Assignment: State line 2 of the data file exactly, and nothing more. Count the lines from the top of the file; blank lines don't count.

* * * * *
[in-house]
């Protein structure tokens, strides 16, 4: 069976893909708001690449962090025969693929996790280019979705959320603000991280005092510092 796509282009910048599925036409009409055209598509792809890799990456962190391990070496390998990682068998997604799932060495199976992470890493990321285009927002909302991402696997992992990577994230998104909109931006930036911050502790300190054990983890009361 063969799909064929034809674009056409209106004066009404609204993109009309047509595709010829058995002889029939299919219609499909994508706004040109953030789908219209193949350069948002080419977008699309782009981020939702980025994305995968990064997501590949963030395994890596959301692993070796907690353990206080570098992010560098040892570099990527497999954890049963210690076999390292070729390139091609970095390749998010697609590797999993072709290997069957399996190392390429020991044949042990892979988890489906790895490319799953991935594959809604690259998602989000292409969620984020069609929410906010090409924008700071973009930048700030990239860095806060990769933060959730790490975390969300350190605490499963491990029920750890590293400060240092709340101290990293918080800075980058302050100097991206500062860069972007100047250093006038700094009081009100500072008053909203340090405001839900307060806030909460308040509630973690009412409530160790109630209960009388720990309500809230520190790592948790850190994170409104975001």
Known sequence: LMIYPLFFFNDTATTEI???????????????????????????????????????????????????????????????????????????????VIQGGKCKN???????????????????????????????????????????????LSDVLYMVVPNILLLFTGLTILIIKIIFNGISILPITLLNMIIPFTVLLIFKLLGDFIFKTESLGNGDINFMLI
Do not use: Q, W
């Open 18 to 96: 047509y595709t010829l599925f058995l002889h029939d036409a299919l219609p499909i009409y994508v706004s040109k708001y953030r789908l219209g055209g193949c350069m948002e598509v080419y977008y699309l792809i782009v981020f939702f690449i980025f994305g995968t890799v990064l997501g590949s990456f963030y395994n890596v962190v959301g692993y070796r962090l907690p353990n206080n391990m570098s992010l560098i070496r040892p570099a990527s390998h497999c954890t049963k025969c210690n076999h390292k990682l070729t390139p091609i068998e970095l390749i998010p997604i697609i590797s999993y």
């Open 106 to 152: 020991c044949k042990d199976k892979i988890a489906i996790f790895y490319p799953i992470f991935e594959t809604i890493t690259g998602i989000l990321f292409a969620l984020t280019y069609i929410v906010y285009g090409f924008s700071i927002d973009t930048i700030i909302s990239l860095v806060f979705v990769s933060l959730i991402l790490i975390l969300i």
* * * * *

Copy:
């Protein structure tokens, strides 16, 4: 069976893909708001690449962090025969693929996790280019979705959320603000991280005092510092 796509282009910048599925036409009409055209598509792809890799990456962190391990070496390998990682068998997604799932060495199976992470890493990321285009927002909302991402696997992992990577994230998104909109931006930036911050502790300190054990983890009361 063969799909064929034809674009056409209106004066009404609204993109009309047509595709010829058995002889029939299919219609499909994508706004040109953030789908219209193949350069948002080419977008699309782009981020939702980025994305995968990064997501590949963030395994890596959301692993070796907690353990206080570098992010560098040892570099990527497999954890049963210690076999390292070729390139091609970095390749998010697609590797999993072709290997069957399996190392390429020991044949042990892979988890489906790895490319799953991935594959809604690259998602989000292409969620984020069609929410906010090409924008700071973009930048700030990239860095806060990769933060959730790490975390969300350190605490499963491990029920750890590293400060240092709340101290990293918080800075980058302050100097991206500062860069972007100047250093006038700094009081009100500072008053909203340090405001839900307060806030909460308040509630973690009412409530160790109630209960009388720990309500809230520190790592948790850190994170409104975001």